NUTS: [rates, kappa_log, phi]
Sampling 2 chains: 100%|██████████| 6000/6000 [01:47<00:00, 28.06draws/s] 

Check wether the model converged.

In [20]:
max(np.max(score) for score in pm.gelman_rubin(trace).values())
In [21]:
bfmi = pm.bfmi(trace)
max_gr = max(np.max(gr_stats) for gr_stats in pm.gelman_rubin(trace).values())
(pm.energyplot(trace, figsize=(6, 4)).set_title("BFMI = {}\nGelman-Rubin = {}".format(bfmi, max_gr)));

The most challenging parameter to fit is kappa which accounts for the variance in the liklihood to hit into an error. I take a look at it to make sure things look as expected.

In [22]:
pm.summary(trace, varnames=["kappa"])
mean sd mc_error hpd_2.5 hpd_97.5 n_eff Rhat
kappa 927.587178 141.027597 4.373954 657.066554 1201.922608 980.288914 1.000013
In [23]:
pm.traceplot(trace, varnames=['kappa']);

We can also look at phi the estimated global liklihood to hit into an error.

In [24]:
pm.traceplot(trace, varnames=['phi']);

Finally, we can lookat how all players vary in their liklihood to hit into an error.

In [25]:
pm.traceplot(trace, varnames=['rates']);

Obviously, the amove plot is a lot to look at it, so let's order players by how likely the model believes they are to hit in an error.

In [26]:
from matplotlib import pyplot as plt

rate_means = trace['rates', 1000:].mean(axis=0)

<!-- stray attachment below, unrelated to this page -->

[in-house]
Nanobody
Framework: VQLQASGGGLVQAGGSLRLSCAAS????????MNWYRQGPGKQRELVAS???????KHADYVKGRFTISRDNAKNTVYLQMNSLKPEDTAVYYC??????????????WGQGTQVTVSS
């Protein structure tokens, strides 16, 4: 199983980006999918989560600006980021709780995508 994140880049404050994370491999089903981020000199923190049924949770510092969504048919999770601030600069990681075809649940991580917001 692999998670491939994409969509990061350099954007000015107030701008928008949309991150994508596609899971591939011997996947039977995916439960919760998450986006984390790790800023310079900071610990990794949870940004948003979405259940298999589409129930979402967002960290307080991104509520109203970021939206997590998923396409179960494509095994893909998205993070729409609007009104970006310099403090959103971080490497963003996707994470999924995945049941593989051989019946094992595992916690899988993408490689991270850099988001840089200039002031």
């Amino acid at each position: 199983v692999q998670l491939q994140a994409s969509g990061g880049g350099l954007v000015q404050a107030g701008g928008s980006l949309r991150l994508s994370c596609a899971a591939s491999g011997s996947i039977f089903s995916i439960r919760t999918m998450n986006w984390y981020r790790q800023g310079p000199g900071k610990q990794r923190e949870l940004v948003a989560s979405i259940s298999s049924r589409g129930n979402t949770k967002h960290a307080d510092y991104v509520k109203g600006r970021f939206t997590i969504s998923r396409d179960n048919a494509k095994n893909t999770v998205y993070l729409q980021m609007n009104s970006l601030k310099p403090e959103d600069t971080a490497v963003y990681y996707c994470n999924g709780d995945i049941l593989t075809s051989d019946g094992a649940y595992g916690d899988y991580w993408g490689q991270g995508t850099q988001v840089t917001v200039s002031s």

rate_se = trace['rates', 1000:].std(axis=0)

mean_se = [(x, y, i) for i, x, y in zip(GROUPED_DF.index, rate_means, rate_se)]
sorted_means_se = sorted(mean_se, key=lambda x: x[0])
sorted_means = [x[0] for x in sorted_means_se]
sorted_se = [x[1] for x in sorted_means_se]

x = np.arange(len(sorted_means))

plt.plot(x, sorted_means, 'o', alpha=0.25);

for x_val, m, se in zip(x, sorted_means, sorted_se):
    plt.plot([x_val, x_val], [m-se, m+se], 'b-', alpha=0.5)

The ten players who are most likely to hit into an error.

In [27]:
estimated_mean = pm.summary(trace, varnames=["rates"]).iloc[[x[2] for x in sorted_means_se[-10:]]]["mean"]

GROUPED_DF.loc[[x[2] for x in sorted_means_se[-10:]], :].assign(estimated_mean=estimated_mean.values).iloc[::-1]
playerid player_name errors bip prop_error estimated_mean
71 corrc001 Carlos Correa 30 1368 0.021930 0.017838
227 myerw001 Wil Myers 27 1214 0.022241 0.017724
15 andre001 Elvis Andrus 37 1825 0.020274 0.017420
258 plawk001 Kevin Plawecki 14 528 0.026515 0.017200
285 rojam002 Miguel Rojas 21 952 0.022059 0.017001
118 garca003 Avisail Garcia 28 1371 0.020423 0.016920
244 pench001 Hunter Pence 22 1026 0.021442 0.016875